Talking Trust, Security, and Scalability with LinkedIn CISO Cory Scott

September 13, 2017

Tech Marketing Security

In our efforts to help security marketers reach their audience in the best way possible, oftentimes it helps to go right to the source — and where better to go than LinkedIn’s own Chief Information Security Officer, Cory Scott.

We recently spoke with Cory, covering a wide range of topics from IT management to trust and branding in the modern internet era. He was generous enough to share his candid perspective on the security industry’s complex relationship with marketing and provide a few tips on how both functions can work together more effectively as the business landscape changes.

Enjoy our conversation below, and be sure to continue following our security series on the LinkedIn Marketing Solutions blog!

Q: As the CISO of LinkedIn, what keeps you up at night?

A: The mass complexities of a modern Internet platform. We have thousands of engineers committing code at all hours of the day so our product is in a constant state of flux. Coming up with scalable solutions to address that keeps me up.  Building strong security-by-default frameworks with repeatable operational practices is how I can rest.

One of the other things about processing data from such a massively complex system is, what I call, separating the “wheat” from the “chaff,” as far as the instrumentation of billions of events simultaneously happening on our systems is concerned. Through all these instances, we must consistently figure out which ones are good and which ones are bad — throughout multiple layers. Just logging into our network or checking email generates thousands of auditable events that our systems evaluate to determine whether or not it’s really you.

All of this is very challenging when you have as much data as we do. I’d also point out the importance of having the right team to execute your security program. This is something I’m sleeping a little better on these days, because the market for security talent is incredibly competitive. I’m very proud to have amassed a world-class team and give them opportunities to grow and become magnets for other talented security professionals.

Q: As a security expert in today’s Internet era, what value do you place on trust?

A: Trust is extremely important. My role is to ensure the trustworthiness of our products and to protect our members from harm. That is what I spend all my hours thinking about. From that perspective, we invest heavily in securing our infrastructure and applications to ensure we can detect when things go wrong — and that we’re able to effectively reduce any damage caused when they do.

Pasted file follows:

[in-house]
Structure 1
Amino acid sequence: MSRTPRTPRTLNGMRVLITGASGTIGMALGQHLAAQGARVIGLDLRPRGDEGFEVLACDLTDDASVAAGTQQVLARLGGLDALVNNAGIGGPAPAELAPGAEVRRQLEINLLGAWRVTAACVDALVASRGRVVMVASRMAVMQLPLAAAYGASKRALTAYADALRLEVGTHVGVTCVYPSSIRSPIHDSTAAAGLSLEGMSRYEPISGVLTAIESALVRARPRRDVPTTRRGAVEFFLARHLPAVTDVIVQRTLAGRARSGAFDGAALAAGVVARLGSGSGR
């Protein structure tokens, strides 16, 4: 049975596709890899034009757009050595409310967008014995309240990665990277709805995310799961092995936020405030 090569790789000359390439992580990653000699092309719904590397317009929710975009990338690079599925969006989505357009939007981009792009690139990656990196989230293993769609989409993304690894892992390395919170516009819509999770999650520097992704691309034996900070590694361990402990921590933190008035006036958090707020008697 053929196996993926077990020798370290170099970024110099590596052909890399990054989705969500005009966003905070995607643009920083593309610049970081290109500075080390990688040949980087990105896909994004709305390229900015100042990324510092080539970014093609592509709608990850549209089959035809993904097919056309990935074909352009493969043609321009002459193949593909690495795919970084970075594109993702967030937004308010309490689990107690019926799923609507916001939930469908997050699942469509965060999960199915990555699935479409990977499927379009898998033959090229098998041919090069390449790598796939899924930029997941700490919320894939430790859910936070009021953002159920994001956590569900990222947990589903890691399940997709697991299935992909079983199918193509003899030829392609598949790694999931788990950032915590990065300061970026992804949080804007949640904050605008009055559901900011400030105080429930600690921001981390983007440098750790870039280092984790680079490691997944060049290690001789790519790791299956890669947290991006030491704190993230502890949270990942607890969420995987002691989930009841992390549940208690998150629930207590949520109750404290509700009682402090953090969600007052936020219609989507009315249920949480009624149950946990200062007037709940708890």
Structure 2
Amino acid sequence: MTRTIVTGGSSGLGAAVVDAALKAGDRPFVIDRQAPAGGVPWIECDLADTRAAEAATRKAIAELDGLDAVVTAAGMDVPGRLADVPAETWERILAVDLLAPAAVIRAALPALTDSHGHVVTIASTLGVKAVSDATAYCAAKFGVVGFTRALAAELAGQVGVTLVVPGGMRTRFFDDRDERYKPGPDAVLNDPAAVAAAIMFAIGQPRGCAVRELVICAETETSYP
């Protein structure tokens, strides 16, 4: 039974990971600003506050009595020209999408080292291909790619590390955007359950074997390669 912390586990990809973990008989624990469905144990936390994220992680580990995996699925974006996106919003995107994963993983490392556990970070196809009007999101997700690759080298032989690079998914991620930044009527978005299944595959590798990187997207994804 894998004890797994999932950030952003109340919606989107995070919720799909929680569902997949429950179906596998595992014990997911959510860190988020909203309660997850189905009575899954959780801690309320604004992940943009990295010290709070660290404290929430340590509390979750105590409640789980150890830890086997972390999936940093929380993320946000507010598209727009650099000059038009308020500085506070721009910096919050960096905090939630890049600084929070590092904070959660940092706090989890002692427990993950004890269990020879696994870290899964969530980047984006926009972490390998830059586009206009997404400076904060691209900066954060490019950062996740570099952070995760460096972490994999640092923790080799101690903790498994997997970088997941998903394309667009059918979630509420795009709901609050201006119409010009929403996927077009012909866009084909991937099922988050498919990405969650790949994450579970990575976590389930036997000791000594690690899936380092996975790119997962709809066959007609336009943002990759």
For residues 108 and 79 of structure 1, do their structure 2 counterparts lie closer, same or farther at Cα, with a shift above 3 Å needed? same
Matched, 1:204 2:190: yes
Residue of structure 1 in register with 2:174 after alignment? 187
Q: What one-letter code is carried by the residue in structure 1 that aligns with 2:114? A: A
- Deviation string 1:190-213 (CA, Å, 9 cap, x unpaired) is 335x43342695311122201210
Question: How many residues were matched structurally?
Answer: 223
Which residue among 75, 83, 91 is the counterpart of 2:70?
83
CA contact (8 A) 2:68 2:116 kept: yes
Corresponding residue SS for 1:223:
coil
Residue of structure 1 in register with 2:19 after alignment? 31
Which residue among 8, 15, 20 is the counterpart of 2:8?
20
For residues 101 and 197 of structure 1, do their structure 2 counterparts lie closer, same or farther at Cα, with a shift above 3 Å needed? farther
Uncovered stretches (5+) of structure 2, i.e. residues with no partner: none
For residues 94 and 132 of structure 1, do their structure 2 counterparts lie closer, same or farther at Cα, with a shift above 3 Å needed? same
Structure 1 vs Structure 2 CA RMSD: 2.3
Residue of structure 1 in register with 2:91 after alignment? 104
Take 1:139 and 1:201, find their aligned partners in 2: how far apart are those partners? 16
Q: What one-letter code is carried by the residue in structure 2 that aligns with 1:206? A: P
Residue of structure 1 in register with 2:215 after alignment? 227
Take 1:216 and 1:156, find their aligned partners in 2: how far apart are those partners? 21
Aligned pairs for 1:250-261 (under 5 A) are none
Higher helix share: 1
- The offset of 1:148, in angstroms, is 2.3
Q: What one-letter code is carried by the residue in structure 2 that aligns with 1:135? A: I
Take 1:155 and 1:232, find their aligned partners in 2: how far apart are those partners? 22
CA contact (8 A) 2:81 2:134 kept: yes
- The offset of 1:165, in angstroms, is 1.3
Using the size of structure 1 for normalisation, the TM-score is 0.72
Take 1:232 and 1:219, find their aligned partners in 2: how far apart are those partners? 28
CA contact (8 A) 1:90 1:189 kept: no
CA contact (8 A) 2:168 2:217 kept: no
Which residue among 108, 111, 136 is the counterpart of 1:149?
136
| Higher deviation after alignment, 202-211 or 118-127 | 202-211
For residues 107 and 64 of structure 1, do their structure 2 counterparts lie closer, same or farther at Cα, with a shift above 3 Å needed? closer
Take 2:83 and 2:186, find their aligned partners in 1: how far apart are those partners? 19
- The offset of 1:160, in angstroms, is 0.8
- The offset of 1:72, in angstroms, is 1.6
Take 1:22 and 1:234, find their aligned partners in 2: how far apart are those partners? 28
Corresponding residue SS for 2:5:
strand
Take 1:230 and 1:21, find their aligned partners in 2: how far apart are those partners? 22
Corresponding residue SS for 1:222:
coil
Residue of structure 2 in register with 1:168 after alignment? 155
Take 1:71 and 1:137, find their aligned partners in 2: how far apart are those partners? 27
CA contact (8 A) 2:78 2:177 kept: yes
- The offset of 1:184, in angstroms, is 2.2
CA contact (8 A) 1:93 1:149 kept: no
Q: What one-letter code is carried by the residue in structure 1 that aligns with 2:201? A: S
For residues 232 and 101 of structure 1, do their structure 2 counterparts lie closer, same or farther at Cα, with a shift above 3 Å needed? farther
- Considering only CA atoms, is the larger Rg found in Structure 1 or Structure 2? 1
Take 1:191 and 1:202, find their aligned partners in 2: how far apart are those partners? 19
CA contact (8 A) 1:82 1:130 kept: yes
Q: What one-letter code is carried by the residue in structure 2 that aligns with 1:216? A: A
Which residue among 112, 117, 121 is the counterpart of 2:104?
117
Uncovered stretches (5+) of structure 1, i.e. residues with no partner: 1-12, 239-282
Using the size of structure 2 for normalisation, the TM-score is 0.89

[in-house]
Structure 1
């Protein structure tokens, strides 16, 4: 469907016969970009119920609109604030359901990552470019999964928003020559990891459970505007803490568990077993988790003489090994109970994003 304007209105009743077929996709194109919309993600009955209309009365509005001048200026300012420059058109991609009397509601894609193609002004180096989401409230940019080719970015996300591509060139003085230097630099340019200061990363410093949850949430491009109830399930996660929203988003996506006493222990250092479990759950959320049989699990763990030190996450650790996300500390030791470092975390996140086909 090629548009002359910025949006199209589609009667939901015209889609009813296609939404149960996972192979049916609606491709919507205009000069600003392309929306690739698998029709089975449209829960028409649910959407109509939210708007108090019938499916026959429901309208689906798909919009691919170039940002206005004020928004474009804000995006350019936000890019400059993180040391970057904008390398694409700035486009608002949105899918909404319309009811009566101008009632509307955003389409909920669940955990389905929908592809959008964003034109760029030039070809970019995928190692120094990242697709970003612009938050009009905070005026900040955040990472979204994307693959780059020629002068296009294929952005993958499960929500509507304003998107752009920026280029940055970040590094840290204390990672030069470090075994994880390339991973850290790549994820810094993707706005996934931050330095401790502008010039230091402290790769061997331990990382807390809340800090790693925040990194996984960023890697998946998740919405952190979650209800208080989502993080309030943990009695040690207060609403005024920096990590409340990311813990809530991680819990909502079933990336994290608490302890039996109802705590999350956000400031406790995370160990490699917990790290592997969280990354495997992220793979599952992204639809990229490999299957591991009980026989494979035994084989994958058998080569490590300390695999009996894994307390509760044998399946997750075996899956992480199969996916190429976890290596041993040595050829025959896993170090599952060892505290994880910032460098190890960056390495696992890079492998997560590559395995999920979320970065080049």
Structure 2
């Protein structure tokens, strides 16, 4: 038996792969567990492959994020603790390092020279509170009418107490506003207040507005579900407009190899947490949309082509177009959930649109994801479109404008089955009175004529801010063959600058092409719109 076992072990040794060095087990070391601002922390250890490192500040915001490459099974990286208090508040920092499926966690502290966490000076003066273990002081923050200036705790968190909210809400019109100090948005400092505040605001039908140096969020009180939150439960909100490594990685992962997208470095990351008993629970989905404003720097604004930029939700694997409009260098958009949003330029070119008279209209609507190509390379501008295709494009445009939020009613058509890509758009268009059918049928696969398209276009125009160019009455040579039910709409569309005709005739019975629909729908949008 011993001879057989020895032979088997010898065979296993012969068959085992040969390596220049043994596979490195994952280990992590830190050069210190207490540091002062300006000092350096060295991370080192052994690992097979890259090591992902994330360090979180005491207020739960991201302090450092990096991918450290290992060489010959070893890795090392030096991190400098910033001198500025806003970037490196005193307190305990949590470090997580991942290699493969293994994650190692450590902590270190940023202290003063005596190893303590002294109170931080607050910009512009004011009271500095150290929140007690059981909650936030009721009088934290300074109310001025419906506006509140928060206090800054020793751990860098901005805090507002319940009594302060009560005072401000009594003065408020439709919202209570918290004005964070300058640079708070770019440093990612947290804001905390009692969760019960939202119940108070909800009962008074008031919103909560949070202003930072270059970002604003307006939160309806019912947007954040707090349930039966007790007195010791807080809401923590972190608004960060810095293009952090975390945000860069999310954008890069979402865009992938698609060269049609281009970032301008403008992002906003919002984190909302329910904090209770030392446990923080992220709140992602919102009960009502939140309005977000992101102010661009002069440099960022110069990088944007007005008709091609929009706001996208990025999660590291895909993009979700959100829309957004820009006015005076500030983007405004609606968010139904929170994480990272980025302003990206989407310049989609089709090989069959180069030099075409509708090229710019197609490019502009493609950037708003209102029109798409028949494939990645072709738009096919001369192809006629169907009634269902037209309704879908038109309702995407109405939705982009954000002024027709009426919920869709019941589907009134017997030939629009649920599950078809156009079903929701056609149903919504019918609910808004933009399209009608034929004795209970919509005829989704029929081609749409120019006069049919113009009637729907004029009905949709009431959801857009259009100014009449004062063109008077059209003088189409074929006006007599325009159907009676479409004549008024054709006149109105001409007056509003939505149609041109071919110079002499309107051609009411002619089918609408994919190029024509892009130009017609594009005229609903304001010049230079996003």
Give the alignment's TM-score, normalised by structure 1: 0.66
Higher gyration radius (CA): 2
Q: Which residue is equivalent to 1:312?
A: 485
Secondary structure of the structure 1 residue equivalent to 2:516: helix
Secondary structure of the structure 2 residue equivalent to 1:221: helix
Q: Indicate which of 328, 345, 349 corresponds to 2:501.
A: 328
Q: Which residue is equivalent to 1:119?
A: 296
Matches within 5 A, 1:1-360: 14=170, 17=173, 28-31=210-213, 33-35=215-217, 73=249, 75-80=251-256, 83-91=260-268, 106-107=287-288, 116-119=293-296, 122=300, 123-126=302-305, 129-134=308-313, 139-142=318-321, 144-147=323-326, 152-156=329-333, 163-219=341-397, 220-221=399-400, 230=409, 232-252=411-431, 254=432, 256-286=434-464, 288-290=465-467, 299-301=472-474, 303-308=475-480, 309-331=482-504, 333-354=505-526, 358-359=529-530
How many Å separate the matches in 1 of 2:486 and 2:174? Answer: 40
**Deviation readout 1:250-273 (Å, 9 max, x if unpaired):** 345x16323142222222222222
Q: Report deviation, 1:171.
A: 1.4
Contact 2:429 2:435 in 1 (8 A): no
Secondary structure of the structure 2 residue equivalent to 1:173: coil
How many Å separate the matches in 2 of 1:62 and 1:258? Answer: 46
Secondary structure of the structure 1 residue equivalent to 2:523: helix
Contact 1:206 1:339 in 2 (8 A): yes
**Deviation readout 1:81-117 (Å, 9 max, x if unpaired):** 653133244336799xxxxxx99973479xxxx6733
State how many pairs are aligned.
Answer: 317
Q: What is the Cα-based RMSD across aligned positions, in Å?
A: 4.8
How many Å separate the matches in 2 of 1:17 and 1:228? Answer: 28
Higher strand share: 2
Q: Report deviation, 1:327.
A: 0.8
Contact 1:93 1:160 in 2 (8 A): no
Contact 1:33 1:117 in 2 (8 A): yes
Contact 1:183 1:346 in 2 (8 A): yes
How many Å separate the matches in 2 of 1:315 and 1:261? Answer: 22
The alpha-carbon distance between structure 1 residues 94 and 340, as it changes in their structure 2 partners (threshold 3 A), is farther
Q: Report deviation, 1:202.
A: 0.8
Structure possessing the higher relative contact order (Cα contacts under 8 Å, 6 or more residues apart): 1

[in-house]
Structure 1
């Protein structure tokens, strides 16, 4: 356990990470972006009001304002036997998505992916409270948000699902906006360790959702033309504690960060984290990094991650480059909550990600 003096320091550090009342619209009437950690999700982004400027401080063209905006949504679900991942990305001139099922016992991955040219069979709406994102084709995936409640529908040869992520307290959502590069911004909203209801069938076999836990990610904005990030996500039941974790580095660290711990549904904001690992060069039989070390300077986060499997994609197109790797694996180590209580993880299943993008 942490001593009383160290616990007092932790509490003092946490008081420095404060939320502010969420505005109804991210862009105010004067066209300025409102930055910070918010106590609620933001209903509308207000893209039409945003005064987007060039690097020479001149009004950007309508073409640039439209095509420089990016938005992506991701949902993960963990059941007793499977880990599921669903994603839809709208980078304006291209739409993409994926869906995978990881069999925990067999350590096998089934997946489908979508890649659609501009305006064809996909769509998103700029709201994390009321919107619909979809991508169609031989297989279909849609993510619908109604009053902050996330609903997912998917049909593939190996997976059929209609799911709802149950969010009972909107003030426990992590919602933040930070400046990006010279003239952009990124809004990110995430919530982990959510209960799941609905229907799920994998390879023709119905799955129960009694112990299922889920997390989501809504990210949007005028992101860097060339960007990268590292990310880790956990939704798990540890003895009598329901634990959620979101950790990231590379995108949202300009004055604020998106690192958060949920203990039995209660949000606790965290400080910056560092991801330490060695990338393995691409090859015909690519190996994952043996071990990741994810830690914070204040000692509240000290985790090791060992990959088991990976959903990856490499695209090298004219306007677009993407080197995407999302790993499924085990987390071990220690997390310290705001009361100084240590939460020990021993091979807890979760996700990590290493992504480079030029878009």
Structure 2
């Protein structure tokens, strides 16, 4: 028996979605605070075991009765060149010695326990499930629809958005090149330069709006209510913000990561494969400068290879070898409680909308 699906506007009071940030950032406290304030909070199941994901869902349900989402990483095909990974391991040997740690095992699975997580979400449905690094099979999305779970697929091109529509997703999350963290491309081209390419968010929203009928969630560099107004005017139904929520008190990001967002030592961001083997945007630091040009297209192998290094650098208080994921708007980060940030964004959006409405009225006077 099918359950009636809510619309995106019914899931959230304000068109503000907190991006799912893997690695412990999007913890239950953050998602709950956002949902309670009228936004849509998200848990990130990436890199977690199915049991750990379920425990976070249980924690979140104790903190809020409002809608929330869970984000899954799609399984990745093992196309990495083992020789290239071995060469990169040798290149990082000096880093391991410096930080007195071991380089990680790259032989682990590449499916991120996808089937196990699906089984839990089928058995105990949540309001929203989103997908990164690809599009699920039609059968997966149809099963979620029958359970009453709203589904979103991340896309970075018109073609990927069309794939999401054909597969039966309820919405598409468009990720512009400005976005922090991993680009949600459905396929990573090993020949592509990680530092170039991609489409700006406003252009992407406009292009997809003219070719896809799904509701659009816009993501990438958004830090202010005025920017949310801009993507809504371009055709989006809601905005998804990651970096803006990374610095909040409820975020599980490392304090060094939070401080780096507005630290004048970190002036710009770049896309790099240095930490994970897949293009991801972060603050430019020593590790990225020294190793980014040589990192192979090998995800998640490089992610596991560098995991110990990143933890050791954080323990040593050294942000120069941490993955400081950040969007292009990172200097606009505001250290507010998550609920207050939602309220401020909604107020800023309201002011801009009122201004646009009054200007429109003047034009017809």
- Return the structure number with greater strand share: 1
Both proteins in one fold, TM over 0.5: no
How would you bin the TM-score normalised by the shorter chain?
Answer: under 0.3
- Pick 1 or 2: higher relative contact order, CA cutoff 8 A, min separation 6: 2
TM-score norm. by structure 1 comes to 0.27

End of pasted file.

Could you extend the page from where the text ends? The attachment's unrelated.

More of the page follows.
But, trust is not just about securing data. It entails keeping our promises to members, partners, and customers when it comes to their security. We don’t want to combine or share data in unexpected ways that can erode members’ trust in LinkedIn. And trust can be defined in different ways.

Q: With trust in many brands across the technology space at an all-time low, what can technology marketers do to build trust in a better way?

A: Lead with transparency. Demonstrate what you’re doing and show as much as you possibly can to ensure your products represent those commitments.  For example, if you say that you have audit logs for accessing data, always keep those accurate and up to date and explain exactly how the data flows through your system so that people can understand how your products work.

In the security space, it’s very important to also represent your security talent as a brand. At LinkedIn, our security team is very involved in the community. We speak at major conferences and represent LinkedIn’s security organization as strongly as we can. At the end of the day, it comes down to documenting what you do in a way that your potential buyers believe is appropriate — in addition to having the team and talent to execute that vision.

Q: How have you seen the decision-making process change when it comes to making and implementing technology purchases?

A: The traditional IT buying committee has expanded dramatically with the adoption of cloud-based services and SAAS. For smaller teams outside of IT, the functionality of rapid, stand-up applications has reached a tipping point. Adopting a cloud-first approach, which we did several years ago, shifted the decision-making process towards the business and the business owners.